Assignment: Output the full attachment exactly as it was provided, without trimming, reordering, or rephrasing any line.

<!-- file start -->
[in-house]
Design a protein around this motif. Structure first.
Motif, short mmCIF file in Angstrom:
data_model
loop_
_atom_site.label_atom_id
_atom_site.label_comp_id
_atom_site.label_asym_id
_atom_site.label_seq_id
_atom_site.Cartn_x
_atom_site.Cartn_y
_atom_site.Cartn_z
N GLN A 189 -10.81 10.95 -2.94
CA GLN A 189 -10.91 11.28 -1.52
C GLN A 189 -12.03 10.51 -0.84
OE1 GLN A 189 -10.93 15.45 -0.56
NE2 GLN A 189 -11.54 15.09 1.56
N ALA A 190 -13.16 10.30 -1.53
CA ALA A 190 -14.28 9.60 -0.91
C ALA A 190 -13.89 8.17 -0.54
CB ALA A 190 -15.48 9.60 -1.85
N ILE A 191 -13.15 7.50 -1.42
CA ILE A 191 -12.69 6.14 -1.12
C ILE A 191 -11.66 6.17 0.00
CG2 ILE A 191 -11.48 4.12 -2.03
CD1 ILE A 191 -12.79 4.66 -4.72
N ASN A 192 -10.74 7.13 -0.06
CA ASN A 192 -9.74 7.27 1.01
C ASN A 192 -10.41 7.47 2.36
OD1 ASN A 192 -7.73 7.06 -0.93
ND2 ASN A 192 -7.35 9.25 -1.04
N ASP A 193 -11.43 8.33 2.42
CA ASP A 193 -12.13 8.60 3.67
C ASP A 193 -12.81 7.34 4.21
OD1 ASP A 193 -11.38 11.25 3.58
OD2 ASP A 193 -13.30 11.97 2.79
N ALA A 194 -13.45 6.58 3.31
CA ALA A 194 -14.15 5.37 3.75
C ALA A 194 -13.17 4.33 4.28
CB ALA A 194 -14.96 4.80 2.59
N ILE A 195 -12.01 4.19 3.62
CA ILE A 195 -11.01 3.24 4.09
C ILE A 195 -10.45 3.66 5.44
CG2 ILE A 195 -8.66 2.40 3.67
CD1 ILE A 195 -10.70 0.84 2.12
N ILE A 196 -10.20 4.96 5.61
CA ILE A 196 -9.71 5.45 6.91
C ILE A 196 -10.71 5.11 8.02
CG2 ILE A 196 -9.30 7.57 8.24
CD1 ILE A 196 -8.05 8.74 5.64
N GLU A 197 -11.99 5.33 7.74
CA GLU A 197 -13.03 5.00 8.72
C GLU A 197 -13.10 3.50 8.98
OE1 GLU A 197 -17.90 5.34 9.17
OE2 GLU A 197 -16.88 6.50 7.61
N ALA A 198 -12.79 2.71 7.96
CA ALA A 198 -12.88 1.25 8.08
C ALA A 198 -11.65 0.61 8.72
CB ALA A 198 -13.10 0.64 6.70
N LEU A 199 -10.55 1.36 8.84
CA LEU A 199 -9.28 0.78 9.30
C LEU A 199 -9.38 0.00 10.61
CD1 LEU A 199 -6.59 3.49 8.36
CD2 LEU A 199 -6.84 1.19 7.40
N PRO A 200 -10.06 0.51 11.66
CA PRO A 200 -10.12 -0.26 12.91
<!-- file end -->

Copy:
[in-house]
Design a protein around this motif. Structure first.
Motif, short mmCIF file in Angstrom:
data_model
loop_
_atom_site.label_atom_id
_atom_site.label_comp_id
_atom_site.label_asym_id
_atom_site.label_seq_id
_atom_site.Cartn_x
_atom_site.Cartn_y
_atom_site.Cartn_z
N GLN A 189 -10.81 10.95 -2.94
CA GLN A 189 -10.91 11.28 -1.52
C GLN A 189 -12.03 10.51 -0.84
OE1 GLN A 189 -10.93 15.45 -0.56
NE2 GLN A 189 -11.54 15.09 1.56
N ALA A 190 -13.16 10.30 -1.53
CA ALA A 190 -14.28 9.60 -0.91
C ALA A 190 -13.89 8.17 -0.54
CB ALA A 190 -15.48 9.60 -1.85
N ILE A 191 -13.15 7.50 -1.42
CA ILE A 191 -12.69 6.14 -1.12
C ILE A 191 -11.66 6.17 0.00
CG2 ILE A 191 -11.48 4.12 -2.03
CD1 ILE A 191 -12.79 4.66 -4.72
N ASN A 192 -10.74 7.13 -0.06
CA ASN A 192 -9.74 7.27 1.01
C ASN A 192 -10.41 7.47 2.36
OD1 ASN A 192 -7.73 7.06 -0.93
ND2 ASN A 192 -7.35 9.25 -1.04
N ASP A 193 -11.43 8.33 2.42
CA ASP A 193 -12.13 8.60 3.67
C ASP A 193 -12.81 7.34 4.21
OD1 ASP A 193 -11.38 11.25 3.58
OD2 ASP A 193 -13.30 11.97 2.79
N ALA A 194 -13.45 6.58 3.31
CA ALA A 194 -14.15 5.37 3.75
C ALA A 194 -13.17 4.33 4.28
CB ALA A 194 -14.96 4.80 2.59
N ILE A 195 -12.01 4.19 3.62
CA ILE A 195 -11.01 3.24 4.09
C ILE A 195 -10.45 3.66 5.44
CG2 ILE A 195 -8.66 2.40 3.67
CD1 ILE A 195 -10.70 0.84 2.12
N ILE A 196 -10.20 4.96 5.61
CA ILE A 196 -9.71 5.45 6.91
C ILE A 196 -10.71 5.11 8.02
CG2 ILE A 196 -9.30 7.57 8.24
CD1 ILE A 196 -8.05 8.74 5.64
N GLU A 197 -11.99 5.33 7.74
CA GLU A 197 -13.03 5.00 8.72
C GLU A 197 -13.10 3.50 8.98
OE1 GLU A 197 -17.90 5.34 9.17
OE2 GLU A 197 -16.88 6.50 7.61
N ALA A 198 -12.79 2.71 7.96
CA ALA A 198 -12.88 1.25 8.08
C ALA A 198 -11.65 0.61 8.72
CB ALA A 198 -13.10 0.64 6.70
N LEU A 199 -10.55 1.36 8.84
CA LEU A 199 -9.28 0.78 9.30
C LEU A 199 -9.38 0.00 10.61
CD1 LEU A 199 -6.59 3.49 8.36
CD2 LEU A 199 -6.84 1.19 7.40
N PRO A 200 -10.06 0.51 11.66
CA PRO A 200 -10.12 -0.26 12.91